But even more important than this hard copy archive is the library's expansive digital resources. While a national libraries index gives access to 40 library databases, all 801 Latvian public libraries are connected in a huge intranet network. For many people, this infrastructure has become an indispensable part of their everyday lives. And they can use it throughout the country with a single library card!

The Gunnar Birkerts-designed National Library of Latvia is a landmark of 21st century library design where virtual and tactile information resources meet

From the library to the museum

Via the 7,150 public terminals in the libraries, searches can be started in the various indexes and databases. For instance, people from remote small towns can ascertain whether it's worth going to a particular museum as nearly 20 percent of the some 6 million objects in Latvia's national museum are listed in the catalogue. Furthermore, users can log on to the library system from their home computers to access copyrighted materials.

The spearhead of Latvia's digital innovation is the Culture Information Systems Center. As part of the Ministry of Culture, it aims to open up the nation's diverse cultural heritage gems to the public. Libraries and archives are thereby merged into a state-run digital archive and information system.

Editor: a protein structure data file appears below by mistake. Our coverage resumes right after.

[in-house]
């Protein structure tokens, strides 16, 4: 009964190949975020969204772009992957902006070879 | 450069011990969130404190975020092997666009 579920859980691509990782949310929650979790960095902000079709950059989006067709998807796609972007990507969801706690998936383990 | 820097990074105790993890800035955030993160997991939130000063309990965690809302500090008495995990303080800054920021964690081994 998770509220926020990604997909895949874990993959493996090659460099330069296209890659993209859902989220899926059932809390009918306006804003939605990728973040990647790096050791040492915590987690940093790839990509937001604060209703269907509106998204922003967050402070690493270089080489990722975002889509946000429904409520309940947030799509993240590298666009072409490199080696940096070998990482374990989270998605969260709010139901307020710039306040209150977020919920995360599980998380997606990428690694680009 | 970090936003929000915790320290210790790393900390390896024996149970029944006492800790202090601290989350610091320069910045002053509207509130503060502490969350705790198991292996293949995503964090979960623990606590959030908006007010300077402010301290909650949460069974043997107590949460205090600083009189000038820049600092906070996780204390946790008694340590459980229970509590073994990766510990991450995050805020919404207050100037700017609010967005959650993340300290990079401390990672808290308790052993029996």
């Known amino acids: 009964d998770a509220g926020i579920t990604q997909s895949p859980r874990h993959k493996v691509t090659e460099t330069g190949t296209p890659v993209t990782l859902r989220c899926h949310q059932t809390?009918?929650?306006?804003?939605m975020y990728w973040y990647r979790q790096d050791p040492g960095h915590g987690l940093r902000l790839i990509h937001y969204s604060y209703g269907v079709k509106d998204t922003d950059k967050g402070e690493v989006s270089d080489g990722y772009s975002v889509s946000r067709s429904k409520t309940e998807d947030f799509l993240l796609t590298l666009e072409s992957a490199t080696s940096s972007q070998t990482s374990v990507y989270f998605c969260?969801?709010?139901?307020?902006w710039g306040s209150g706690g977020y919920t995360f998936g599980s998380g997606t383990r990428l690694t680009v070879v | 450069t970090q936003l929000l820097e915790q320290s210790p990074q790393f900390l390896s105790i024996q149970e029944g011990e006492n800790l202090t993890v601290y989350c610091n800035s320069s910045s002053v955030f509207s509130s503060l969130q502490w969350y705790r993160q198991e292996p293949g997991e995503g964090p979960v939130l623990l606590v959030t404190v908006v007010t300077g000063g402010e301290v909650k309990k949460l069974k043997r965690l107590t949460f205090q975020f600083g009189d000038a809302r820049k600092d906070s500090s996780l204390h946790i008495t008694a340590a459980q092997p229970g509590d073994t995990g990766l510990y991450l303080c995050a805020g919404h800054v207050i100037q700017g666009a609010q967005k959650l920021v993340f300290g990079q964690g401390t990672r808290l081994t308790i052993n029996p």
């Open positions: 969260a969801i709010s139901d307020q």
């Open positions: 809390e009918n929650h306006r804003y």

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Innovative systems for archives, musems and libraries

If someone wants to find out where their grandfather was born, for example, they no longer have to blow the dust off ancient books. Instead, they can peer into old church books at home on their computers, digitally consult maps, or view training documents and other materials.

"We want to unify everything," said project manager Janis Ziedins. "We help as much as we can. We give infrastructure to libraries and museums, archives and administration." Much of the necessary funding comes from the European Regional Development Fund (ERDF).

Latvia has one of the fastest internet networks in the world, making it possible for digital film and photographic archive material, or a national archive for personal documents, to be utilized by everyday users. The digitized video and audio archive (DIVA) allows people to watch Latvian movies from their couches via digital library access, or download e-books for a limited time onto their tablets — or even borrow the tablets themselves from the library. 

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Libraries with a social mission

Lithuania's National Library in Vilnius, which was founded in 1919, has also long been devoted to digitizing its archives. When the classical building was reopened to the public in September 2016 following reconstruction, director Renaldas Gudauskas accelerated its digital transformation.